The Irish Times view on the humanitarian crisis in Afghanistan: a looming disaster

Rapid international action is needed to provide a haven for refugees and to support those who stay

An Afghan migrant rests while waiting for transport by smugglers after crossing the Iran-Turkish border this week.   Photograph: Ozan Kose /AFP

Many would argue that it is "international assistance" which got Afghanistan in the mess that it is in. Now only generous international assistance will avert its looming humanitarian disasters.

On the one hand, there is the urgent need to provide a haven for those most vulnerable to retribution, such as those who worked for Nato allies, human and women's rights activists and NGO workers . Few of them, understandably, have faith in Taliban leaders' assurances of an "amnesty" or commitments to protecting women's rights.

That reality is driving some 30,000 Afghanis to leave the country each week in search of refuge, raising fears of a repeat of 2015 when a million migrants, mostly from Syria but also Afghans and Iraqis, arrived in Europe. Responding with generosity to the latest trail of misery is a moral imperative, a debt of honour, and a pragmatic necessity.

Ireland has said it will grant an initial 150 humanitarian visas -–far more will be needed –which will accelerate processing applications for Afghan family reunions. The State has promised no deportation of Afghanis who have been refused refugee status.

READ MORE

The response from European capitals has been more defensive than generous. France's President Macron has insisted Europe must come up with a "robust" response to increased migration. And the politician who opened the door in 2015, Chancellor Merkel, has spoken of differentiating assistance, suggesting a "secure place to stay near Afghanistan" should be found for vulnerable Afghans who did not work with Germany. That would suggest reviving the EU-Turkey strategy of heavy funding to Afghanistan's neighbour states to assist in the assimilation of refugees and to discourage onward travel.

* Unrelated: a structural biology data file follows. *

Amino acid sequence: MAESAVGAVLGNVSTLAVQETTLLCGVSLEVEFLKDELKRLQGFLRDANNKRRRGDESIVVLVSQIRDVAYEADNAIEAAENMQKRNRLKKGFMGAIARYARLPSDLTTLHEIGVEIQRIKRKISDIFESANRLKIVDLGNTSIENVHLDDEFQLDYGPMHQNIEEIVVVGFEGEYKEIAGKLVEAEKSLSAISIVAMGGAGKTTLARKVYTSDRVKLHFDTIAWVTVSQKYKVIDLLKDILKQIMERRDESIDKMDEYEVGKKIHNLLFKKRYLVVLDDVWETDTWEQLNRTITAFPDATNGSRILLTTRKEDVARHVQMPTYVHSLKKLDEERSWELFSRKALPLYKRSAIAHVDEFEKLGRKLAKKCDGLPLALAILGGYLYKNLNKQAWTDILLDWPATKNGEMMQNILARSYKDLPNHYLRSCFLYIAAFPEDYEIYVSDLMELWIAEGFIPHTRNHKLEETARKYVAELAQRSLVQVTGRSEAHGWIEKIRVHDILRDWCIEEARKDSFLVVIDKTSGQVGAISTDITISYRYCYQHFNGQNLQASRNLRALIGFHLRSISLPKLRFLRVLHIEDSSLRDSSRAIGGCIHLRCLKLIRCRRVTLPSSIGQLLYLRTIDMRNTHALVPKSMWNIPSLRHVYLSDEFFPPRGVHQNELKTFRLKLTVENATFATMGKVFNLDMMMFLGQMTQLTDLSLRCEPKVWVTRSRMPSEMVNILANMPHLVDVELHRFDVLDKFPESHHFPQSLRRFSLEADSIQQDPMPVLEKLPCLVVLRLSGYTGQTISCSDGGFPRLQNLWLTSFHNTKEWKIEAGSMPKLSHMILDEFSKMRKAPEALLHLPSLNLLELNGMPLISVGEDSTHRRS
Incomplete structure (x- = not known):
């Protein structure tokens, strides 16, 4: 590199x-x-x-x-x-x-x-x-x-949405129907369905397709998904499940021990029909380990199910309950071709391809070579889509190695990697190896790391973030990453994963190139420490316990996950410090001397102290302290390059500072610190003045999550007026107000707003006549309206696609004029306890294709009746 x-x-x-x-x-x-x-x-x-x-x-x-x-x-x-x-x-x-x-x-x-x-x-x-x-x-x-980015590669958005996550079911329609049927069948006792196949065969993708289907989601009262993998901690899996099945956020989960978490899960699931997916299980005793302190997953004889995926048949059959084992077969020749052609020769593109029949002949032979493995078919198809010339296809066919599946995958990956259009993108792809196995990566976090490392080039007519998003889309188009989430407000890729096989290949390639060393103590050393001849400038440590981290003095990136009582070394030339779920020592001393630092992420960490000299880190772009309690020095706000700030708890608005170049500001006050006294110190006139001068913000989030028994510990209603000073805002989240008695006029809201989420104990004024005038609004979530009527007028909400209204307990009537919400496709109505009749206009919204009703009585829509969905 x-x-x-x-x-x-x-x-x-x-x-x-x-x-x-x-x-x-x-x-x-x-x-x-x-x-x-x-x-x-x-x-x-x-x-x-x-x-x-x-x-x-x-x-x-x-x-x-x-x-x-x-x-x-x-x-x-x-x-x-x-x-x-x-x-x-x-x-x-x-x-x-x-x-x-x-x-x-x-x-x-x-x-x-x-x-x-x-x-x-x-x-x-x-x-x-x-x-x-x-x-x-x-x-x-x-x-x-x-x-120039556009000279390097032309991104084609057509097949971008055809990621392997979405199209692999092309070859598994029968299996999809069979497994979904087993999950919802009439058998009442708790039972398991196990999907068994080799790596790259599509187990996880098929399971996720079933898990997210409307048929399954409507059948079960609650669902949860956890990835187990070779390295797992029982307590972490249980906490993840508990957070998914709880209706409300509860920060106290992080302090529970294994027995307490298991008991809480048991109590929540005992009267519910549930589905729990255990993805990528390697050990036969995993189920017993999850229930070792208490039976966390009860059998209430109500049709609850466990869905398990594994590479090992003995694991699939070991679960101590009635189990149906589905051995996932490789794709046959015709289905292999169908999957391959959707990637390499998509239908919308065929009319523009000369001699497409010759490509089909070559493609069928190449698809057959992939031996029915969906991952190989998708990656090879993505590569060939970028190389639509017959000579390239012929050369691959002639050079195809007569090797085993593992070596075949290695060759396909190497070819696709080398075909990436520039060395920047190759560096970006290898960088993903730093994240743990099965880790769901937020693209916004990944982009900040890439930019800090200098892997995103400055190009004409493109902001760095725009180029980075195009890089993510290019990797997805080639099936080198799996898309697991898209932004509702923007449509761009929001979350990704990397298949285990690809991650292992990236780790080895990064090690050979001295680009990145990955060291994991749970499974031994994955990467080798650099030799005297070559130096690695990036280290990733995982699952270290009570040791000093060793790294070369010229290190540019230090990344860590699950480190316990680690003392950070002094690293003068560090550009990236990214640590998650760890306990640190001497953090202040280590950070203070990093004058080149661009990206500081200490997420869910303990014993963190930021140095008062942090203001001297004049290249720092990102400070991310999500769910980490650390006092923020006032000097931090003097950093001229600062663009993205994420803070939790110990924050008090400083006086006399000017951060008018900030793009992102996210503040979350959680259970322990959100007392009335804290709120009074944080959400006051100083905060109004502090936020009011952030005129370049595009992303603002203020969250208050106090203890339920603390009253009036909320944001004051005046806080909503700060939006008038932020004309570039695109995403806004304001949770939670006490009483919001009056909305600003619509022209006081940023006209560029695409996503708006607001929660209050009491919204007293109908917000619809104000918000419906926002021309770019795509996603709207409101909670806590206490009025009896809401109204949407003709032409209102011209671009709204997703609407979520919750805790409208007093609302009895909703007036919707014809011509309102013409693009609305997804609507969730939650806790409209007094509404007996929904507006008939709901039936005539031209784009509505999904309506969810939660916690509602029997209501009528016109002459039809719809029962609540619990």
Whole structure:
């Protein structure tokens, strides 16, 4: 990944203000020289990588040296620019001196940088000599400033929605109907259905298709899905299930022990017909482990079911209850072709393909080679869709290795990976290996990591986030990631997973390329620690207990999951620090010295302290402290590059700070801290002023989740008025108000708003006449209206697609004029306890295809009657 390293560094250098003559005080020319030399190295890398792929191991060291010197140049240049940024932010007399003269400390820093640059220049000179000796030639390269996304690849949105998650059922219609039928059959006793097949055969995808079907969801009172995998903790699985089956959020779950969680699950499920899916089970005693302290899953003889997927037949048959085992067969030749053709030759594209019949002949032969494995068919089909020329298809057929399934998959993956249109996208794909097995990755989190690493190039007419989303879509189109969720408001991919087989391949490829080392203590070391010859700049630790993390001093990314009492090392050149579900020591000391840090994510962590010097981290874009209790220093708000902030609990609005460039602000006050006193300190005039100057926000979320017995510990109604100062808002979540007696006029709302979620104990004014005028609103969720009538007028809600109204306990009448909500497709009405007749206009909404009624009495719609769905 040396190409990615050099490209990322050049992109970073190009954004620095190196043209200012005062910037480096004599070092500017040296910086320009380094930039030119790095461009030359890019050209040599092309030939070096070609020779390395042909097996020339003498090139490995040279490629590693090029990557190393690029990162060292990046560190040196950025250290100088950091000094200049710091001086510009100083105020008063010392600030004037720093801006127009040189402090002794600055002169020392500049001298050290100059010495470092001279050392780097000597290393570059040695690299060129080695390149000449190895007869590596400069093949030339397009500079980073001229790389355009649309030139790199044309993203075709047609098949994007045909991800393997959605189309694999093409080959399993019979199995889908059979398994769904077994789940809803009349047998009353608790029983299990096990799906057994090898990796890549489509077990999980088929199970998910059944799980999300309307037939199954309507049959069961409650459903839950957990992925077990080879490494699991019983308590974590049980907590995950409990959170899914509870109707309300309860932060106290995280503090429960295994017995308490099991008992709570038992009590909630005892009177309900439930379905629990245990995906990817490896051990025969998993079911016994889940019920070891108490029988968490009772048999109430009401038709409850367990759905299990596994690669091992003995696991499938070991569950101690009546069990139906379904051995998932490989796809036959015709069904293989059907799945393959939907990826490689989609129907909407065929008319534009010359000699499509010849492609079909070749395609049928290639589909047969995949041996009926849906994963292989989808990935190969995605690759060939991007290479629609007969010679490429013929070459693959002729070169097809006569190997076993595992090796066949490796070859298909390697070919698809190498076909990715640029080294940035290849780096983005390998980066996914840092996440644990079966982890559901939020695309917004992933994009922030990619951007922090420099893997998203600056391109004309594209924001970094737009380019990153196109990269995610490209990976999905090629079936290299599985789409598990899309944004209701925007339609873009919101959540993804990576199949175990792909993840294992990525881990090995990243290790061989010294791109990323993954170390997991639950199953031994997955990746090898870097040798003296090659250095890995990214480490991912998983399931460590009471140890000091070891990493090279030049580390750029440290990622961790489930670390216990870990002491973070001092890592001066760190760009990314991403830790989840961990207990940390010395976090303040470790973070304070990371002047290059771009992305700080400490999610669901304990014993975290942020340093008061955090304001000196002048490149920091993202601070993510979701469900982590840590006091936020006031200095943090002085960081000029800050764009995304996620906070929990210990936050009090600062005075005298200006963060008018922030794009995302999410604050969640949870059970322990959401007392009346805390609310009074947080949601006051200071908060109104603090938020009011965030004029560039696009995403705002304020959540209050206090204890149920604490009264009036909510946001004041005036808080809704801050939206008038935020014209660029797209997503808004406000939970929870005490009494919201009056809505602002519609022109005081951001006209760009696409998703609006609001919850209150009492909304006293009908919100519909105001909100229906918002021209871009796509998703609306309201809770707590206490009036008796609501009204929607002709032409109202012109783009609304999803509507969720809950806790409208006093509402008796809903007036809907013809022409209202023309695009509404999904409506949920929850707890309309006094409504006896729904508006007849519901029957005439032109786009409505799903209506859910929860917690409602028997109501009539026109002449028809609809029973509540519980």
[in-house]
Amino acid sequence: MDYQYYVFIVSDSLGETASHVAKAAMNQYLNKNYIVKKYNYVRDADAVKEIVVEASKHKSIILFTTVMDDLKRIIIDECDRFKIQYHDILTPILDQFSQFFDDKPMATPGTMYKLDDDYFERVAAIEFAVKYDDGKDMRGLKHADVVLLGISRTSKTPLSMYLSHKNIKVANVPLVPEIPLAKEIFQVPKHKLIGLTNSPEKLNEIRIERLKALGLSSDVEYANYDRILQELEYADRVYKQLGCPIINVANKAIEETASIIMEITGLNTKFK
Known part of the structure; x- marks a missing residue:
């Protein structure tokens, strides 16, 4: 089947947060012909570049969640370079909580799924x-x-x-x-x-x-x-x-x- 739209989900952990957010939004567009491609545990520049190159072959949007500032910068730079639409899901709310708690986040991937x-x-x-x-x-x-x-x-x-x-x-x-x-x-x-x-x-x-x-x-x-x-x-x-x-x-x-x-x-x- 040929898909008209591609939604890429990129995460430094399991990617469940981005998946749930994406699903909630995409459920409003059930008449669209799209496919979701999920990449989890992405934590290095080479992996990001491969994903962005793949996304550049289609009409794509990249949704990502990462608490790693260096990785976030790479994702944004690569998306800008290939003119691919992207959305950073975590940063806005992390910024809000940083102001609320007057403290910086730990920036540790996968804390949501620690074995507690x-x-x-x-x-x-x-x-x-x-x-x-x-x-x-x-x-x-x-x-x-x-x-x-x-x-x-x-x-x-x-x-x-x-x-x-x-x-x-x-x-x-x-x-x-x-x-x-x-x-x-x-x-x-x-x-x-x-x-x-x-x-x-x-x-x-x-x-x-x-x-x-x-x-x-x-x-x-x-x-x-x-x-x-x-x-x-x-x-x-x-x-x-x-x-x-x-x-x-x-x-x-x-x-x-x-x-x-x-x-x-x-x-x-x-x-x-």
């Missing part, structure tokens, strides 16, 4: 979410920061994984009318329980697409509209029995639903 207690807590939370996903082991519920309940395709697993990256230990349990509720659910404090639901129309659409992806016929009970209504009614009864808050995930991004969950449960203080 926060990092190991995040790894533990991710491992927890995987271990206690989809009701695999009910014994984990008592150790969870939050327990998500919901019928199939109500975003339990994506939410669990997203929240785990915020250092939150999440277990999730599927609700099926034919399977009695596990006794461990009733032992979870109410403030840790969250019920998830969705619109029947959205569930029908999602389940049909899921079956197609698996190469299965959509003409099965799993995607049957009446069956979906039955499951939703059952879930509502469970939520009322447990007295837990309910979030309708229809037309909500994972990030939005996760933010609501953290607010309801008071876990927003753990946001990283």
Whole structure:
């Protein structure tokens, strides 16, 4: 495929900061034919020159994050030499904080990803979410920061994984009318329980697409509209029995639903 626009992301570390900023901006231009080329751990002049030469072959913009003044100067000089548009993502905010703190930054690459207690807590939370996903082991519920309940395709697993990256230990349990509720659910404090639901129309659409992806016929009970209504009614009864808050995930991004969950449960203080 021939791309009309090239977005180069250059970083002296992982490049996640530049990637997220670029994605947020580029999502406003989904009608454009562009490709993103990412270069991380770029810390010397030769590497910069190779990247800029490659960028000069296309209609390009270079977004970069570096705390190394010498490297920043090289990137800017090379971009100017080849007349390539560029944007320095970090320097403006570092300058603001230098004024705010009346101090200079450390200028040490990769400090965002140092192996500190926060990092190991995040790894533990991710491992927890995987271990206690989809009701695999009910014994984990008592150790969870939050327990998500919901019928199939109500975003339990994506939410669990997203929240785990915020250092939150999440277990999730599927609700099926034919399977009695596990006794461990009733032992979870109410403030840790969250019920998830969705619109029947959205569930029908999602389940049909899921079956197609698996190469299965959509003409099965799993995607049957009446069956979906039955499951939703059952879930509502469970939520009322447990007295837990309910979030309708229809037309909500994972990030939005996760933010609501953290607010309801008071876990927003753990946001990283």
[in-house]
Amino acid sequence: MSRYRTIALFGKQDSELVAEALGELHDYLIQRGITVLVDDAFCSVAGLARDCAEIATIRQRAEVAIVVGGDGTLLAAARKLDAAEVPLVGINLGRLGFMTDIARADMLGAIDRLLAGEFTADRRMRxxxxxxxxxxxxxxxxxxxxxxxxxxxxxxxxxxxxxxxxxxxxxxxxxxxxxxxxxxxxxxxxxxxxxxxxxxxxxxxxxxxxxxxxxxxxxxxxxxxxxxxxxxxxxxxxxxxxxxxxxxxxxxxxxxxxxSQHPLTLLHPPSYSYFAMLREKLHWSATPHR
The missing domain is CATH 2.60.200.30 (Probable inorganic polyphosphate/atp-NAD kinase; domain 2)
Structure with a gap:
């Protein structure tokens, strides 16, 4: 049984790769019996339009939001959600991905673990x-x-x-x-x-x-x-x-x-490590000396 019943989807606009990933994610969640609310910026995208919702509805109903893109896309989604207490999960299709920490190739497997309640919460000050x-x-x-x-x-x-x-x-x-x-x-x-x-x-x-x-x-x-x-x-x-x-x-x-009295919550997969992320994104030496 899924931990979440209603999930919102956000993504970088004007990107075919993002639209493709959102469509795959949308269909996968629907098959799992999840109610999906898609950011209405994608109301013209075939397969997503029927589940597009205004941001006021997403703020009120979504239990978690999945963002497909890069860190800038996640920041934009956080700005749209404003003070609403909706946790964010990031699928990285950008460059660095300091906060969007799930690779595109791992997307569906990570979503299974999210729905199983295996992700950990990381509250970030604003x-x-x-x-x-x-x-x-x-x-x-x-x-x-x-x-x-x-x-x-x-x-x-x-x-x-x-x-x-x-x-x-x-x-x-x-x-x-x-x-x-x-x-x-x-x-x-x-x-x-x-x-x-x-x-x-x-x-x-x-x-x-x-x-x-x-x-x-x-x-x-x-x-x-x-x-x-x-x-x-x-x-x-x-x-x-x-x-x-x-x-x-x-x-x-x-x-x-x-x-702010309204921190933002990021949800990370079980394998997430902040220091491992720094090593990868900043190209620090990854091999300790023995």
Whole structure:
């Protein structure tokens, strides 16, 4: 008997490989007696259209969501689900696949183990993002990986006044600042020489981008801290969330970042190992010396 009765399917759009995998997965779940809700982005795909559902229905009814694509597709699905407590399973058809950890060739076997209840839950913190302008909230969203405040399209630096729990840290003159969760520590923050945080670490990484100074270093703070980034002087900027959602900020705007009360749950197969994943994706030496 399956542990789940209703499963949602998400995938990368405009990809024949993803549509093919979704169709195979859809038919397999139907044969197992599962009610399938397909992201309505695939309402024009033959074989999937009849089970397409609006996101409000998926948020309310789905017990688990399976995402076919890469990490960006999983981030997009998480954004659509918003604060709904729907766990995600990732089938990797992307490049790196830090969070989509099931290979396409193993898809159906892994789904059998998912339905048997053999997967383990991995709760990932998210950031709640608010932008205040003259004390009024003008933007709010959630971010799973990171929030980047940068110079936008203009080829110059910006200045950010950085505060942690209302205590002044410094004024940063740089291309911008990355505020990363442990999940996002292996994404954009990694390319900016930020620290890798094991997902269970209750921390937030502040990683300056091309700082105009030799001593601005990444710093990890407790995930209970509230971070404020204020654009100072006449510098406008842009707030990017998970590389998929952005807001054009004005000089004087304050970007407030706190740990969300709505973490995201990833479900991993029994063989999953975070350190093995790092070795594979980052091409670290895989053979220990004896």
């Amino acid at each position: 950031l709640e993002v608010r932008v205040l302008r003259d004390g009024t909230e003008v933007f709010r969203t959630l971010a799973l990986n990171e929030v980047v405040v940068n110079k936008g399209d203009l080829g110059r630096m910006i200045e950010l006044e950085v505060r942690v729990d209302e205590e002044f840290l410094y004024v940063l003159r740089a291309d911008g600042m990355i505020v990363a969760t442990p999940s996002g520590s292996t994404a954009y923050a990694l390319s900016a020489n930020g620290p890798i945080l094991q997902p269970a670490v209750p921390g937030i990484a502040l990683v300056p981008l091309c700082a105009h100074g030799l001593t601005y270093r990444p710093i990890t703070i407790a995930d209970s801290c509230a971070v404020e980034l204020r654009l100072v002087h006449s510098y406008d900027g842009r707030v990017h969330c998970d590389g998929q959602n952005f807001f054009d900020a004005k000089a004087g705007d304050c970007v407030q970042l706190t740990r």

On the other hand, there is the huge challenge of aiding those who stay. Eighteen million of the country's 38 million people already require humanitarian assistance, while the conflict has displaced up to 390,000 people this year alone. In five years there has been a fivefold increase to 42 per cent of those in crisis levels of food insecurity, and three million are likely to be acutely affected by a drought this year. The nutritional status of under-fives continues to deteriorate – 27 of 34 provinces are now above the emergency threshold for acute malnutrition. Reports suggest groups like the World Food Programme are being encouraged by the Taliban to continue their work but the UN aid appeal for Afghanistan for US $1.3 billion has so far only been 38 per cent funded.

EU foreign ministers have rightly backed continued humanitarian aid -–over €1 billion since 1994 - but insist that promised development aid will be conditional on the Taliban willingness to observe human rights, protect women’s rights, and to deny harbour to international terrorism. That leverage, vigilantly enforced, is vital and the only way to test the good faith of the new regime.